David Foster Wallace has a reputation as being hyperarticulate; the author’s friendships with dictionary-authors and dictionary-siring prose only further warrant this truth. Who better to try their hand at its interpretation than a director whose last piece was given a 53-word title? A (radically condensed and expanded) Supposedly Fun Thing I’ll Never Do Again After David Foster Wallace is Daniel Fish’s ode to the late icon and will begin its three performance run at the McGuire Theater this Thursday as part of Out There 2016.
Unlike recent cinematic adaptations, Fish isn’t dramatizing the page or impersonating the author. His source, instead, is a breadth of audio recordings in which Wallace converses, is interviewed, and reads from his own works. The piece asks four actors to interpret this speech as it is sent to their headphones from a console under Fish’s control. Each performance varies in timing, execution, and excerpt selection, with the effect being best described by the Village Voice as “part séance, part theatrical eulogy, and part eerie karaoke show.”
In using his own speech over a script, the audience is beholden to Wallace’s raw verbal idiosyncrasy. As Fish told the New York Times, it is through this that he wishes to achieve “a kind of intimacy” and a “pure engagement with his words”. This intimacy was a major factor in Fish’s curation of sources. In lieu of his political commentary or the offbeat affairs of his novels, Fish mined from short stories and essays that celebrate and critique many broad but omnipresent themes of modern life.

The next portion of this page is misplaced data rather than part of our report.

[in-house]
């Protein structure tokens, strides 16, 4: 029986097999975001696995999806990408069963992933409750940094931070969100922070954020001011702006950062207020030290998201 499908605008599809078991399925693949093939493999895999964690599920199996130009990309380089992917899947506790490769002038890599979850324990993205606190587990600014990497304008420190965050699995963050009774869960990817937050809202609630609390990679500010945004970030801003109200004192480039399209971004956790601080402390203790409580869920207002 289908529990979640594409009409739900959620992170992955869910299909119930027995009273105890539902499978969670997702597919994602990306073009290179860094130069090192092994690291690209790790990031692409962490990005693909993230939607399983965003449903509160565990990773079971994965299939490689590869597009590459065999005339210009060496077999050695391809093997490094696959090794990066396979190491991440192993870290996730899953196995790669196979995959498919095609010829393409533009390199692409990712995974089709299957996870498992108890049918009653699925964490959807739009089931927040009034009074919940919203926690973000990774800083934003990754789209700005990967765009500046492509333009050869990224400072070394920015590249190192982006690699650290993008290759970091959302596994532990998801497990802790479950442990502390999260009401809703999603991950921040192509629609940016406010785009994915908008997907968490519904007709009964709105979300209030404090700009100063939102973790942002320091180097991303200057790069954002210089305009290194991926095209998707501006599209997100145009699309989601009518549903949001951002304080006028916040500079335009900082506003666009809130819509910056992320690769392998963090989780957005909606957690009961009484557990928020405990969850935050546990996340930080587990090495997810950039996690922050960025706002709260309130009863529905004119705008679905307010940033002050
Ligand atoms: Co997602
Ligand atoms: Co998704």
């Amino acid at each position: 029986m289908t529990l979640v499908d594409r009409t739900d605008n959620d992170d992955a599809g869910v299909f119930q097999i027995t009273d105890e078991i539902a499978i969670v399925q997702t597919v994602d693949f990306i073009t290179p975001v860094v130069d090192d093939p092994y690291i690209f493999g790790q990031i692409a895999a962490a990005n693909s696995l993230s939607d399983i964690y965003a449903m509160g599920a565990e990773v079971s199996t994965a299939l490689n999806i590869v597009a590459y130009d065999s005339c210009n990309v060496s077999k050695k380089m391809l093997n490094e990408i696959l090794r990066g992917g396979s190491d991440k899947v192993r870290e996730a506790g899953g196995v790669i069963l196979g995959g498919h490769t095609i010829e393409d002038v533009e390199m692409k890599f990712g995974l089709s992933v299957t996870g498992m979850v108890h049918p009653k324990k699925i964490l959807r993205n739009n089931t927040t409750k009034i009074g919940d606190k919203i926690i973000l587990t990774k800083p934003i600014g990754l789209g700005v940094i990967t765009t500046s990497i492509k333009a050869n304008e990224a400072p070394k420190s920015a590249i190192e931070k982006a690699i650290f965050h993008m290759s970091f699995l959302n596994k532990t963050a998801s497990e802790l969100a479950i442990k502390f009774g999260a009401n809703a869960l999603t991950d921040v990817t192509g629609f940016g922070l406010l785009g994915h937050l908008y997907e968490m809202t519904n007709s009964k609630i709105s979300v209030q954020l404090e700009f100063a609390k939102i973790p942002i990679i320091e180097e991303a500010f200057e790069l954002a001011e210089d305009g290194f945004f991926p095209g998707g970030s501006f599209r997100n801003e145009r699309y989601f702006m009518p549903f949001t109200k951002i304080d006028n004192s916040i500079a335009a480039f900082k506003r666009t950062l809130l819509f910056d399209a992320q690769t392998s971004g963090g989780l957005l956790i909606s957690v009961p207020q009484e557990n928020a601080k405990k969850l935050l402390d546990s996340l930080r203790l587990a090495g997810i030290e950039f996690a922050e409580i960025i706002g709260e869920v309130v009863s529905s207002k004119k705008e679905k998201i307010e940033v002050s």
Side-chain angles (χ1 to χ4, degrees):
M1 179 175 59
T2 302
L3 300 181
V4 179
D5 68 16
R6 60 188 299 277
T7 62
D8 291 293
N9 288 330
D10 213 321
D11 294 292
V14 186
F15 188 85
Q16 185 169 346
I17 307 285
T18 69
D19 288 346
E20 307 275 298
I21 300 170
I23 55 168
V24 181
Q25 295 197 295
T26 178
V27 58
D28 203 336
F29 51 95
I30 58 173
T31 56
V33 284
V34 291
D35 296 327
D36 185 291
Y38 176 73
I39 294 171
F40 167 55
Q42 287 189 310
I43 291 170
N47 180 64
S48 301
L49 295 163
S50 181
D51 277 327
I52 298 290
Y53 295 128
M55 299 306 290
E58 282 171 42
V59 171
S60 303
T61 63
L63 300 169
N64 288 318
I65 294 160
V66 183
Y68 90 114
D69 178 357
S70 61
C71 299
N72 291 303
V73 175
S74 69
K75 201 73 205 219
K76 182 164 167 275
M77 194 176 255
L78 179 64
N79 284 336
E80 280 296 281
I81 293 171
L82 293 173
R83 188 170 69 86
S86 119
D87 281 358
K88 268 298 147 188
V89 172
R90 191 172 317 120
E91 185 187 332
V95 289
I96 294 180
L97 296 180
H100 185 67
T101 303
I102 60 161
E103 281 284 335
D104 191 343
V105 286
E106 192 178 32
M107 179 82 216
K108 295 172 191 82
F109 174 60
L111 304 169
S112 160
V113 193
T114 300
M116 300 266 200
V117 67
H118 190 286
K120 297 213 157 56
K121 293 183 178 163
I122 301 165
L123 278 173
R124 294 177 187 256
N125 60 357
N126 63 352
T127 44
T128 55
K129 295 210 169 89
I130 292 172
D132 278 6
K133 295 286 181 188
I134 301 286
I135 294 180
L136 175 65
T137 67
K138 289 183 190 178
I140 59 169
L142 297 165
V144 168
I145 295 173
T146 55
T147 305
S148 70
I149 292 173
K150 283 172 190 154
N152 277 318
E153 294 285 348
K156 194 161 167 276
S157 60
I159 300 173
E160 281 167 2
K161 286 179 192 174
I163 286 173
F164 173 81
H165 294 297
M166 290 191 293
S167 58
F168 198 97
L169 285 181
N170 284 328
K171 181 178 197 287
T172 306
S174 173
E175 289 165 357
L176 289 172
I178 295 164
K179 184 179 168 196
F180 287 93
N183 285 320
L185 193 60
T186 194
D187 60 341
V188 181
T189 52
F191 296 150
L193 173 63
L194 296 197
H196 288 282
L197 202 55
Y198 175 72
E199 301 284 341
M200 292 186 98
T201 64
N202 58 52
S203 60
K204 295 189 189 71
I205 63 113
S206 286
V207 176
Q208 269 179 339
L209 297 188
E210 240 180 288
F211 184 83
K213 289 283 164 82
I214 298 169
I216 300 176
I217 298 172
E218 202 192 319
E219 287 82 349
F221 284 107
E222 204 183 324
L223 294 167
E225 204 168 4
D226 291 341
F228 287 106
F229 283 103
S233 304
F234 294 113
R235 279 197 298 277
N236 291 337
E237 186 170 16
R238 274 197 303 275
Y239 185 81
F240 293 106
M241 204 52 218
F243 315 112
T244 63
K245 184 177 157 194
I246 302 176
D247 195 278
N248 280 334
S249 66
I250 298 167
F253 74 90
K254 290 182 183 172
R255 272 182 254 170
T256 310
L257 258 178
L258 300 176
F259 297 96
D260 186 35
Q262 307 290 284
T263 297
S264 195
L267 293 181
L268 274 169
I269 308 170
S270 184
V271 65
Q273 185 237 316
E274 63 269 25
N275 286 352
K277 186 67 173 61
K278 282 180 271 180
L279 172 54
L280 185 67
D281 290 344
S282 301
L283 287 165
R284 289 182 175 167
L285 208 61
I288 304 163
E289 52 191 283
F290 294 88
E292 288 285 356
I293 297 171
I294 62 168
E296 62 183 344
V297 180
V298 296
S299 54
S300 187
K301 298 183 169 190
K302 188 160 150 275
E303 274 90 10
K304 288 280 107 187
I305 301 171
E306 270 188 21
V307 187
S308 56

Many of these are addressed head-on in one source, an unedited 84 minute interview with Wallace for German public television channel ZDF from late 2003. A high definition video of this interview has just been made available online, giving you a glimpse inside the performers’ headphones as they channel the honesty of expression present throughout his body of work. At one point, Wallace expresses his author’s desire to “jump over the wall of self and inhabit someone else,” and Daniel Fish’s creation has certainly given him a chance to do just that.
A (radically condensed and expanded) Supposedly Fun Thing I’ll Never Do Again After David Foster Wallace by Daniel Fish will be performed in the Walker’s McGuire Theater Thursday – Saturday, January 14-16, 2016 at 8pm.
The Walker will also present a free film screening of Daniel Fish’s Eternal on Saturday, January 16 at 1pm in the Walker Cinema.